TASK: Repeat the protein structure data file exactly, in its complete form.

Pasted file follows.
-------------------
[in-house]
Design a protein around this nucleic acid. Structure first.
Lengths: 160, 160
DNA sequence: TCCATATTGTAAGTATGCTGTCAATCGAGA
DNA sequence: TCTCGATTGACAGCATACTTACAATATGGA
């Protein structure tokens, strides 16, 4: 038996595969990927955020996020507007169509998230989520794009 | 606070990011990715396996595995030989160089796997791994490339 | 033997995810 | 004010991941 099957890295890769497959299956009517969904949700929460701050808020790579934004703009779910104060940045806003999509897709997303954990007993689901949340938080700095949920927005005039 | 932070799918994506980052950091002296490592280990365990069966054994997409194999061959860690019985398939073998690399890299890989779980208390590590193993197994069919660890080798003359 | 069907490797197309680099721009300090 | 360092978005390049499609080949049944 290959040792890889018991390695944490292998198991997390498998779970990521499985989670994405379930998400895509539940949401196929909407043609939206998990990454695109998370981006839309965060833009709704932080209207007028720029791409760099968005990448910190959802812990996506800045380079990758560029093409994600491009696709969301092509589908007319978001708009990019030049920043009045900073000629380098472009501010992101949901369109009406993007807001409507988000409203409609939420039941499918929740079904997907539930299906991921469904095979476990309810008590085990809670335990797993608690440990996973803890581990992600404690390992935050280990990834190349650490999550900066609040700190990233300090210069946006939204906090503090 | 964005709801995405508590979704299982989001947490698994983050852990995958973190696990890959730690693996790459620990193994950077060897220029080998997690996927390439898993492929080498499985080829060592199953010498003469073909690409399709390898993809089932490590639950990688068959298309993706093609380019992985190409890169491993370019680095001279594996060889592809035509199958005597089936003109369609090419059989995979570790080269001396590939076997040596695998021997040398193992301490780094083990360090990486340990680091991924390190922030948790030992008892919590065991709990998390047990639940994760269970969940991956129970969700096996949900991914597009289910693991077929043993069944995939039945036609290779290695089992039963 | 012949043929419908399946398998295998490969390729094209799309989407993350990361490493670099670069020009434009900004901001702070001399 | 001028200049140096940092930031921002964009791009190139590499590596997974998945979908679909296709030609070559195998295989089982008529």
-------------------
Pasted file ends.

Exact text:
[in-house]
Design a protein around this nucleic acid. Structure first.
Lengths: 160, 160
DNA sequence: TCCATATTGTAAGTATGCTGTCAATCGAGA
DNA sequence: TCTCGATTGACAGCATACTTACAATATGGA
């Protein structure tokens, strides 16, 4: 038996595969990927955020996020507007169509998230989520794009 | 606070990011990715396996595995030989160089796997791994490339 | 033997995810 | 004010991941 099957890295890769497959299956009517969904949700929460701050808020790579934004703009779910104060940045806003999509897709997303954990007993689901949340938080700095949920927005005039 | 932070799918994506980052950091002296490592280990365990069966054994997409194999061959860690019985398939073998690399890299890989779980208390590590193993197994069919660890080798003359 | 069907490797197309680099721009300090 | 360092978005390049499609080949049944 290959040792890889018991390695944490292998198991997390498998779970990521499985989670994405379930998400895509539940949401196929909407043609939206998990990454695109998370981006839309965060833009709704932080209207007028720029791409760099968005990448910190959802812990996506800045380079990758560029093409994600491009696709969301092509589908007319978001708009990019030049920043009045900073000629380098472009501010992101949901369109009406993007807001409507988000409203409609939420039941499918929740079904997907539930299906991921469904095979476990309810008590085990809670335990797993608690440990996973803890581990992600404690390992935050280990990834190349650490999550900066609040700190990233300090210069946006939204906090503090 | 964005709801995405508590979704299982989001947490698994983050852990995958973190696990890959730690693996790459620990193994950077060897220029080998997690996927390439898993492929080498499985080829060592199953010498003469073909690409399709390898993809089932490590639950990688068959298309993706093609380019992985190409890169491993370019680095001279594996060889592809035509199958005597089936003109369609090419059989995979570790080269001396590939076997040596695998021997040398193992301490780094083990360090990486340990680091991924390190922030948790030992008892919590065991709990998390047990639940994760269970969940991956129970969700096996949900991914597009289910693991077929043993069944995939039945036609290779290695089992039963 | 012949043929419908399946398998295998490969390729094209799309989407993350990361490493670099670069020009434009900004901001702070001399 | 001028200049140096940092930031921002964009791009190139590499590596997974998945979908679909296709030609070559195998295989089982008529």